The originators of these programs are as guilty of their crimes as Smith & Wesson are of the next murder committed with one of their handguns, which is to say they cannot be held accountable. "That's just the way the game is played," say the originators. Exactly. This does not, however, mean that the way the game is played is any good, or helpful to the 95% of U.S. households that, together, control as much wealth as the top 1% do. What the originators call 'innocence,' and 'what no one could have anticipated,' and 'God's work,' is actually ignorance by design. What comes across as confidence is actually just a con. On Wall Street, nobody really knows anything. The machines are in control. So don't bother asking.

Here is a good explanation by Ellen Brown of how the Wall Street game is rigged. Brown, author of Web of Debt: The Shocking Truth About Our Money System and How We Can Break Free, does an excellent job of unmasking the mechanics of the game that swings advantage toward the casin--errr--banks. She points a finger in particular at High Frequency Trading (HFT) software (I didn't know its code originated with the Hollywood Stock Exchange of the dotcom era. Interesting.) that gives Wall Street's traders the ability to make money in thousandths of a second with programmed trading.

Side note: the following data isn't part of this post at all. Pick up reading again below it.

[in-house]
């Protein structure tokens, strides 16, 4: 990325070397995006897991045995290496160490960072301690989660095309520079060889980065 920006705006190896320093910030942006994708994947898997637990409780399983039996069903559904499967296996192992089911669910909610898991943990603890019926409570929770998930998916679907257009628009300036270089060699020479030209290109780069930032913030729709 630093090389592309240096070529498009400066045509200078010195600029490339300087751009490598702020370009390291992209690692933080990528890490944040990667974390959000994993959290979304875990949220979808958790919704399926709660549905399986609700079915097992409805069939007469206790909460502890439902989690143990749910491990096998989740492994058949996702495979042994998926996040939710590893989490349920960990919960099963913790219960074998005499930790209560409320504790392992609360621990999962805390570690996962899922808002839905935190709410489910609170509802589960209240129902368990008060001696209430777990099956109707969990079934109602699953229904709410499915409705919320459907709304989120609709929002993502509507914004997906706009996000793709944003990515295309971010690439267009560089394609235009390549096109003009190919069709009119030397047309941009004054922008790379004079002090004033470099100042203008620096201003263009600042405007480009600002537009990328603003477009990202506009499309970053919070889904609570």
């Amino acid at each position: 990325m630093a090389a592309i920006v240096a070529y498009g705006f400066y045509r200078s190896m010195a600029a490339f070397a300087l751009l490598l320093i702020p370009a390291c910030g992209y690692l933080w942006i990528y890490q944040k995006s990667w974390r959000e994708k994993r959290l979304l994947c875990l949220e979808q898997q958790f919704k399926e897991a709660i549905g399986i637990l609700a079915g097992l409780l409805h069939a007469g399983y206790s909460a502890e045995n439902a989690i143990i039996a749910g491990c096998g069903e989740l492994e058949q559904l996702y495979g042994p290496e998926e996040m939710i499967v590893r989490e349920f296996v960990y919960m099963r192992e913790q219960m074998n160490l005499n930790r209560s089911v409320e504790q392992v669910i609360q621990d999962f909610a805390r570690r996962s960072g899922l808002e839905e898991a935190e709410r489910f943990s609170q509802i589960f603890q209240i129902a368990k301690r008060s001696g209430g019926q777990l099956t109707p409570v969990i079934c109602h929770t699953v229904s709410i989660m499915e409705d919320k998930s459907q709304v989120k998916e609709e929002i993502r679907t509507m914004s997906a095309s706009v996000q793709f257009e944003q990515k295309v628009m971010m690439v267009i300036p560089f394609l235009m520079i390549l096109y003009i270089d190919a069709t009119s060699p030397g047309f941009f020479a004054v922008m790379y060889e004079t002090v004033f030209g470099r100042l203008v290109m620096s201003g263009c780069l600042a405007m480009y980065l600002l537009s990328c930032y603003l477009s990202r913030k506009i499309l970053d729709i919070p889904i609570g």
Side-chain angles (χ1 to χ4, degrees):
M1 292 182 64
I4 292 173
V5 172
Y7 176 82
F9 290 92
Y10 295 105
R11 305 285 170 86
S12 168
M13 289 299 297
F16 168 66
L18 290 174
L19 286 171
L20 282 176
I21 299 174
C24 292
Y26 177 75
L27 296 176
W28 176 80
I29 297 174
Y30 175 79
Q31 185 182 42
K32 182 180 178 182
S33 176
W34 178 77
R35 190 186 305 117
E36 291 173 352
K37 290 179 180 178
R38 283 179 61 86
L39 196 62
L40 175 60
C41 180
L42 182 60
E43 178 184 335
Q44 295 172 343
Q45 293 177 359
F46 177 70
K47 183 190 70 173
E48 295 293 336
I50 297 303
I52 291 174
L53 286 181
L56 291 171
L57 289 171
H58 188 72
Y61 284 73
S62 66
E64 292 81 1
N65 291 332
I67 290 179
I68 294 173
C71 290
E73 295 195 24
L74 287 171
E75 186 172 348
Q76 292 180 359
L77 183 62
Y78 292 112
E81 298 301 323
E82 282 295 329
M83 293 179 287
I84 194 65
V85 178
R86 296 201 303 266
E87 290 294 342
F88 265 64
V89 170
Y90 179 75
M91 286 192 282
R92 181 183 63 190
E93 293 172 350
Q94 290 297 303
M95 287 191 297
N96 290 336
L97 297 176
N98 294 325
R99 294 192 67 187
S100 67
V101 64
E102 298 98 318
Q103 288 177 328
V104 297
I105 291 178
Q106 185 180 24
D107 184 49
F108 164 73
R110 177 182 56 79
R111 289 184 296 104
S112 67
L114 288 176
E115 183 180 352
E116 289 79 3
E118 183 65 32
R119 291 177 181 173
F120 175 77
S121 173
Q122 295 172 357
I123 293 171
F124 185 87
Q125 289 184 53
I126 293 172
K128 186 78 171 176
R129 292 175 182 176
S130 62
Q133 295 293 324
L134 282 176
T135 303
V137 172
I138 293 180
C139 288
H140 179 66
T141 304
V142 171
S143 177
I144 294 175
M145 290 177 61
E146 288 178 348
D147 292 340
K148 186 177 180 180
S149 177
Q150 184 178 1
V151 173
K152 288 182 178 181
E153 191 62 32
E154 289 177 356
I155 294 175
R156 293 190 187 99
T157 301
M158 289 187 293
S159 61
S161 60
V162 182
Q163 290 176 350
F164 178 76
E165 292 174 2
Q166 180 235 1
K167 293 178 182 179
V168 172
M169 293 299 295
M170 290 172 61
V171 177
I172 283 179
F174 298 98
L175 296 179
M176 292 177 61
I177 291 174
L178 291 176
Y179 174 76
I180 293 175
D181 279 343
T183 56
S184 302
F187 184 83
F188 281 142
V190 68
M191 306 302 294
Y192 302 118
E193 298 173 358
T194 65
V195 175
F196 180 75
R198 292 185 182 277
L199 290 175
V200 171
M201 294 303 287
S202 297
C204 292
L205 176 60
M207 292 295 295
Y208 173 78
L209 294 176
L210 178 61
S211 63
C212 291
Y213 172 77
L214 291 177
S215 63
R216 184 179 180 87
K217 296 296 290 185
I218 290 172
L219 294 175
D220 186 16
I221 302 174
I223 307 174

I call this game 'Global Owning without Local Consent.' Go Loco, for short. It's just that crazy.

Because it relentlessly seeks victims to separate from their money like hustlers of a quantum three-card monte game, Go Loco systematically destroys the potential of money to be productive. Money is too busy changing hands and getting hustled to be put to work any other way. In this game, money talks only to itself, like a patient in an asylum.